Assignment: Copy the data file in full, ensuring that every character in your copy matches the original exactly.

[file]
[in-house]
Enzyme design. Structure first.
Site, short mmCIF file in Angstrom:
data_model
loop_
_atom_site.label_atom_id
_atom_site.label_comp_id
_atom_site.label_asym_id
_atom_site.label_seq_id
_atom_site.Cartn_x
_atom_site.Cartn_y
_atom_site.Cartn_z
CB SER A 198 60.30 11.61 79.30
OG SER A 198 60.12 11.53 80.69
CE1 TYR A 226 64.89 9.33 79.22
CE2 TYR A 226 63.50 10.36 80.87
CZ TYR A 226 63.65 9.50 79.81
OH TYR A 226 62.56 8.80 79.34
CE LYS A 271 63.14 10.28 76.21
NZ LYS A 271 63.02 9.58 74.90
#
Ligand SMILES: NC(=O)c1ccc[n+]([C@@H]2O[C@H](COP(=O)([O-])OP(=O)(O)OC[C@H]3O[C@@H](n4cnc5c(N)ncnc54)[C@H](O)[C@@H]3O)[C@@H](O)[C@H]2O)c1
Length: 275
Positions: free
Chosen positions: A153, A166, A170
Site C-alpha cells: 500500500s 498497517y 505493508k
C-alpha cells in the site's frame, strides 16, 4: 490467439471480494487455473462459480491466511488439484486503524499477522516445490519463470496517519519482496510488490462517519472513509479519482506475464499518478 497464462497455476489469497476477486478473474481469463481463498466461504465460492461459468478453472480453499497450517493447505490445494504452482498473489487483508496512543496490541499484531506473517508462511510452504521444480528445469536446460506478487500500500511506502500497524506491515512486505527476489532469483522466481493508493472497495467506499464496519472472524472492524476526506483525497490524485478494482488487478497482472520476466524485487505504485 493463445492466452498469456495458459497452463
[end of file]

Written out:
[in-house]
Enzyme design. Structure first.
Site, short mmCIF file in Angstrom:
data_model
loop_
_atom_site.label_atom_id
_atom_site.label_comp_id
_atom_site.label_asym_id
_atom_site.label_seq_id
_atom_site.Cartn_x
_atom_site.Cartn_y
_atom_site.Cartn_z
CB SER A 198 60.30 11.61 79.30
OG SER A 198 60.12 11.53 80.69
CE1 TYR A 226 64.89 9.33 79.22
CE2 TYR A 226 63.50 10.36 80.87
CZ TYR A 226 63.65 9.50 79.81
OH TYR A 226 62.56 8.80 79.34
CE LYS A 271 63.14 10.28 76.21
NZ LYS A 271 63.02 9.58 74.90
#
Ligand SMILES: NC(=O)c1ccc[n+]([C@@H]2O[C@H](COP(=O)([O-])OP(=O)(O)OC[C@H]3O[C@@H](n4cnc5c(N)ncnc54)[C@H](O)[C@@H]3O)[C@@H](O)[C@H]2O)c1
Length: 275
Positions: free
Chosen positions: A153, A166, A170
Site C-alpha cells: 500500500s 498497517y 505493508k
C-alpha cells in the site's frame, strides 16, 4: 490467439471480494487455473462459480491466511488439484486503524499477522516445490519463470496517519519482496510488490462517519472513509479519482506475464499518478 497464462497455476489469497476477486478473474481469463481463498466461504465460492461459468478453472480453499497450517493447505490445494504452482498473489487483508496512543496490541499484531506473517508462511510452504521444480528445469536446460506478487500500500511506502500497524506491515512486505527476489532469483522466481493508493472497495467506499464496519472472524472492524476526506483525497490524485478494482488487478497482472520476466524485487505504485 493463445492466452498469456495458459497452463